Exploring Japan’s business environment, Reid states that the sense of family and group commitment are integral components of organizational culture (189). As a rule, Japanese employers pay attention to diverse aspects of their personnel’s life, assist in obtaining decent housing and accumulating fortunes, guarantee pension payments,
provide benefits for banking services, give opportunities to issue interest-free loans, and so forth (158). In Japan, it is not customary to quit in search of more favorable employment terms. Lifetime employment as an HR practice is often identified as the main factor contributing to the Japanese miracle (Reid 189).
Impacts made by Confucianism on Japanese society are manifested in its stability and safety. Japan is rightly considered to be the safest country whose overall crime rate is the lowest in the world (Reid 16). In Japan, basic quantitative and qualitative parameters of crime favorably differ from indicators characterizing crime in other countries. Citing police officers, government officials, Asian experts, and ordinary citizens, Reid states that neither decline nor increase in crime rates is associated with economic fluctuations due to Japanese orientation towards Confucian ethical norms and values (18). Definitely, such an approach is worth adopting.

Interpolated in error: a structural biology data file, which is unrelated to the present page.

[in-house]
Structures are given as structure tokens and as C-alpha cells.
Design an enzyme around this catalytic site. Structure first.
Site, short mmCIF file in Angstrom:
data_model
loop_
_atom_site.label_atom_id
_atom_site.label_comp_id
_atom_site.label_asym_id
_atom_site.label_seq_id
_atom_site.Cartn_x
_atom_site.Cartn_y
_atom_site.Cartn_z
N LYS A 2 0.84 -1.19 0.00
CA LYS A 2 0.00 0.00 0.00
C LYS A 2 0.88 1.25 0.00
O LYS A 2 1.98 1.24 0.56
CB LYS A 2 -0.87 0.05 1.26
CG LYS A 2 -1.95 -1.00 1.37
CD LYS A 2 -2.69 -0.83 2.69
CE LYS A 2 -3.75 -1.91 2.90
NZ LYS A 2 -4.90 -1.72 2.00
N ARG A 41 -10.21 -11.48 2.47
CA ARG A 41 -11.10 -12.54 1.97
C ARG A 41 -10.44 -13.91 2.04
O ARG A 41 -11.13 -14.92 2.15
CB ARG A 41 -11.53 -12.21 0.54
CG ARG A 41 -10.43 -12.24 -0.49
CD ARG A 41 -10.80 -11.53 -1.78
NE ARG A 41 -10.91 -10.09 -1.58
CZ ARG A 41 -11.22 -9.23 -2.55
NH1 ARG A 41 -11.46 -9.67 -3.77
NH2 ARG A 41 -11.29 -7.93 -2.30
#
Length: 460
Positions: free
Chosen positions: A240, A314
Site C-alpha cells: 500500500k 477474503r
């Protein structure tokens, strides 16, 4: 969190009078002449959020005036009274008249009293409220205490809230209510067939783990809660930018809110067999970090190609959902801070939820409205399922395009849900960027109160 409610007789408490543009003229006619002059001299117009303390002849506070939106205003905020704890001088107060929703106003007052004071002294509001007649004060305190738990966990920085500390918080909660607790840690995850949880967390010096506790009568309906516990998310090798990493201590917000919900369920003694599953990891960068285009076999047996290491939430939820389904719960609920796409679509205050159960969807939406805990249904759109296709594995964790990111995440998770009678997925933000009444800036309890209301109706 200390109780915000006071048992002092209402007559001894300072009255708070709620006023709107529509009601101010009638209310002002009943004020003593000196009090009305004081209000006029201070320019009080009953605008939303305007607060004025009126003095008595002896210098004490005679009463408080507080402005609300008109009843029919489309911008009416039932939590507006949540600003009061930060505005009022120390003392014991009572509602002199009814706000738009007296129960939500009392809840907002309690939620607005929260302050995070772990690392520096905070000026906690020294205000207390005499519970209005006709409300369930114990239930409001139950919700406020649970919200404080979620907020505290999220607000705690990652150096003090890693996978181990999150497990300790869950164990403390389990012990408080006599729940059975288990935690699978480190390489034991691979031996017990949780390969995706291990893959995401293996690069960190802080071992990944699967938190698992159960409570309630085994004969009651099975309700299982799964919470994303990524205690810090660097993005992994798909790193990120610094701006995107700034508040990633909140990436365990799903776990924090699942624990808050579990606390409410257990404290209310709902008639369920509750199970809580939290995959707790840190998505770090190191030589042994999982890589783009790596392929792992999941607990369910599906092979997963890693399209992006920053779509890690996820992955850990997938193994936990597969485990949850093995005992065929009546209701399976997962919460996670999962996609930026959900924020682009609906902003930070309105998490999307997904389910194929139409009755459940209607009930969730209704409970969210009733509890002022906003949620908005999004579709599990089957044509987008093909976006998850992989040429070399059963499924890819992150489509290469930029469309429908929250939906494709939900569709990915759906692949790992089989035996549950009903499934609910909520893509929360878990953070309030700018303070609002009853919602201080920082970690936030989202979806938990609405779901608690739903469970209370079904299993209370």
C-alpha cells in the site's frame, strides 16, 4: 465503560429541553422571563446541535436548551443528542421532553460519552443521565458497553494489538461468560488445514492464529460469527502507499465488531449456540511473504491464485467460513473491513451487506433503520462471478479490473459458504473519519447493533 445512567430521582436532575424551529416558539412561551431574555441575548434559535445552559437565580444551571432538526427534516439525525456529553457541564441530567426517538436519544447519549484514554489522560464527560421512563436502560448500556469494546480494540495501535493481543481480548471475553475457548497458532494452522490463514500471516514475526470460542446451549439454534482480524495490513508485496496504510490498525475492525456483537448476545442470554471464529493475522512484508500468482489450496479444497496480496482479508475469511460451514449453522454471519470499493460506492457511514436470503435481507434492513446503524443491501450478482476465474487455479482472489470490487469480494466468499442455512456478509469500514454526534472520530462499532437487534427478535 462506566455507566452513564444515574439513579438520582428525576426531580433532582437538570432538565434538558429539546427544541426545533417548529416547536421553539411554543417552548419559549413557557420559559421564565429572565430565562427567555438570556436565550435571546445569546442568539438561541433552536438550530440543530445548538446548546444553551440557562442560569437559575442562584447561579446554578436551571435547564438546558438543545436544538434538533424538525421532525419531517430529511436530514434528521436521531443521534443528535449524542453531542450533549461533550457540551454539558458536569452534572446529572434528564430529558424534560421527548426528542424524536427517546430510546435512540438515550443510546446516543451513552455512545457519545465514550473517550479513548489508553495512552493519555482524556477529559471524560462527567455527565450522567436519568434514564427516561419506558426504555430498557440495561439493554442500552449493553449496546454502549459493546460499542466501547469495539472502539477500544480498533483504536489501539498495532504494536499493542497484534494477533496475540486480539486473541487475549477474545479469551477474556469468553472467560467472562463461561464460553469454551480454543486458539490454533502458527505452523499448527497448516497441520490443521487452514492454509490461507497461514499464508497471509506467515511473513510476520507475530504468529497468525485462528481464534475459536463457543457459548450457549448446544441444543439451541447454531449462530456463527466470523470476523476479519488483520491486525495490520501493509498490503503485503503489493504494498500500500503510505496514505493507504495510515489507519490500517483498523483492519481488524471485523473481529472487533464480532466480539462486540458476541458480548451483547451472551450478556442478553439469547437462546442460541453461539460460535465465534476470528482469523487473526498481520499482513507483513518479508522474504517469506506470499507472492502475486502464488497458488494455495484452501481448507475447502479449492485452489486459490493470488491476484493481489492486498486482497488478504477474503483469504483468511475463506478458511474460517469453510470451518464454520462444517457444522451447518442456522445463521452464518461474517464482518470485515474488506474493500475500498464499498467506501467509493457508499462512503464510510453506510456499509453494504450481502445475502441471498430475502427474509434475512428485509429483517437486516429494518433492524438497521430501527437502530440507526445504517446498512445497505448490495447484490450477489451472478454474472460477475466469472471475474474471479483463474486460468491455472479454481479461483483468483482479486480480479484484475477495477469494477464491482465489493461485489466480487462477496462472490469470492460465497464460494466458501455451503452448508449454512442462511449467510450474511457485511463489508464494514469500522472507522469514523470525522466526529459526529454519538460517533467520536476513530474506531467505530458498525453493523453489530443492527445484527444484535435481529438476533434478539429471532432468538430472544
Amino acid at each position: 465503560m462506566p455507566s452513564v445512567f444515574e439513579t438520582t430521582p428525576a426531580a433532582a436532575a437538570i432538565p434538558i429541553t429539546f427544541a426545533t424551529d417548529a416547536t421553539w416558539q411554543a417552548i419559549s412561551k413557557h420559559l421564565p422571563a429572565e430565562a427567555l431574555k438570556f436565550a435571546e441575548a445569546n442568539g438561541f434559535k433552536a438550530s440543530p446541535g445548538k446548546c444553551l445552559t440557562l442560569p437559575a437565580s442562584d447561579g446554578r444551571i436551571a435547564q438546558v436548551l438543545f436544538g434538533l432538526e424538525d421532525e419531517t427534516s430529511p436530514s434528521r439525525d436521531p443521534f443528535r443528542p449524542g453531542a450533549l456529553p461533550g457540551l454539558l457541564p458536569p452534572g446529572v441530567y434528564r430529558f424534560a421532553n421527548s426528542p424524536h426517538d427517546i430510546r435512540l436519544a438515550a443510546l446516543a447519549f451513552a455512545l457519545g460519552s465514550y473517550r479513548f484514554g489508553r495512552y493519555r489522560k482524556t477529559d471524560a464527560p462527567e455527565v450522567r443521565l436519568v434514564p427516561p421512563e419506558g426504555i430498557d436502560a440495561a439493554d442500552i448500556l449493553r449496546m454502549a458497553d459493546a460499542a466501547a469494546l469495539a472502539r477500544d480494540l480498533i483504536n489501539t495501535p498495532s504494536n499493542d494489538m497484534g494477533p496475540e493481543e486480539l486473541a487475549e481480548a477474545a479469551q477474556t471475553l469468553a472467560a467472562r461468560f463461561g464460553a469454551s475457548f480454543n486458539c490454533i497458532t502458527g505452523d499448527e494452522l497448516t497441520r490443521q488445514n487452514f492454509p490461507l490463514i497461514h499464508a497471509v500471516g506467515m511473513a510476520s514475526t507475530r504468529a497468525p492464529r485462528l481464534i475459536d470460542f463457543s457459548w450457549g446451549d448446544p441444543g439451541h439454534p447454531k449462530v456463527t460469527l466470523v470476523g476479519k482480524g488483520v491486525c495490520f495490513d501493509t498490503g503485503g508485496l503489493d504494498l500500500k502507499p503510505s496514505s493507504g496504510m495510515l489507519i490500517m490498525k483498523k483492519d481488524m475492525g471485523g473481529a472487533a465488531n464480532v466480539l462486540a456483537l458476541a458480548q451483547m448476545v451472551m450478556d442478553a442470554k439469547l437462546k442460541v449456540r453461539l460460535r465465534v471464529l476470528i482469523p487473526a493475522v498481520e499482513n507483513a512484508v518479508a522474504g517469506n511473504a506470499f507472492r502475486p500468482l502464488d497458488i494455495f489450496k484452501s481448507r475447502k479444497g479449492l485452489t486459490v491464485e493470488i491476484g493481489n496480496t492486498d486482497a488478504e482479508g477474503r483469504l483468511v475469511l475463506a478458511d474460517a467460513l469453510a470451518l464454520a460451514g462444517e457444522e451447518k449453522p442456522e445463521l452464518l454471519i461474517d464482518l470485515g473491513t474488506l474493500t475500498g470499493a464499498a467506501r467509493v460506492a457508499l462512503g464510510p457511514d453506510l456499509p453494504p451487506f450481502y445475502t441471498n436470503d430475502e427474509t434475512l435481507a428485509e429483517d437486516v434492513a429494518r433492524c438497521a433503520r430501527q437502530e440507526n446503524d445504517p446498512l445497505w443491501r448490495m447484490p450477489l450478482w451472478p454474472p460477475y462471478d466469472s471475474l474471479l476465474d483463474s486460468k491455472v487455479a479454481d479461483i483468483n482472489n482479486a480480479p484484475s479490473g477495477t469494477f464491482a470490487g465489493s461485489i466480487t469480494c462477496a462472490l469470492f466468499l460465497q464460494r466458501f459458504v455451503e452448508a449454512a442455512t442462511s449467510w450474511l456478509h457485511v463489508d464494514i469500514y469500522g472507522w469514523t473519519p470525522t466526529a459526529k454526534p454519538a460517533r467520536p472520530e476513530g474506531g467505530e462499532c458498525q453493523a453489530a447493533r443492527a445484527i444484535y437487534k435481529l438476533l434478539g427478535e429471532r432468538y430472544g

Nevertheless, despite in-depth explanations and demonstrative examples, there are some inconsistencies in Reid’s Confucius Lives Next Door: What Living in The East Teaches Us about Living in the West. Jen, yi, li, chih, and hsin are the five Confucian Virtues that a nobleman should possess. The concept of jen is comprehensively explained though there is no exact translation of this word in the English language (Reid 114). Jen constitutes the grounds of a noble man’s life. A person’s nobility, according to Confucius, does not depend on heredity or status. It is rooted in a human’s moral consciousness and sincere desire to become noble. The concept of jen involves almost all human virtues, such as goodness, compassion, benevolence, and love for humanity, and the principles of the very existence of a person as a member of society. Social and ethical aspects of jen include faithful attitudes of a person to other people, as well as to society as a whole.
Although Reid accentuates the role of rituals and ceremonies in conveying Confucian teachings and morality (162), the explanation of li remains unheeded in the book. The concept of li implies a specific virtue of a nobleman; it encompasses decency, rules, rituals, ceremonies, and so forth. In a broad sense, it is a code of conduct that does not allow violating established norms and traditions.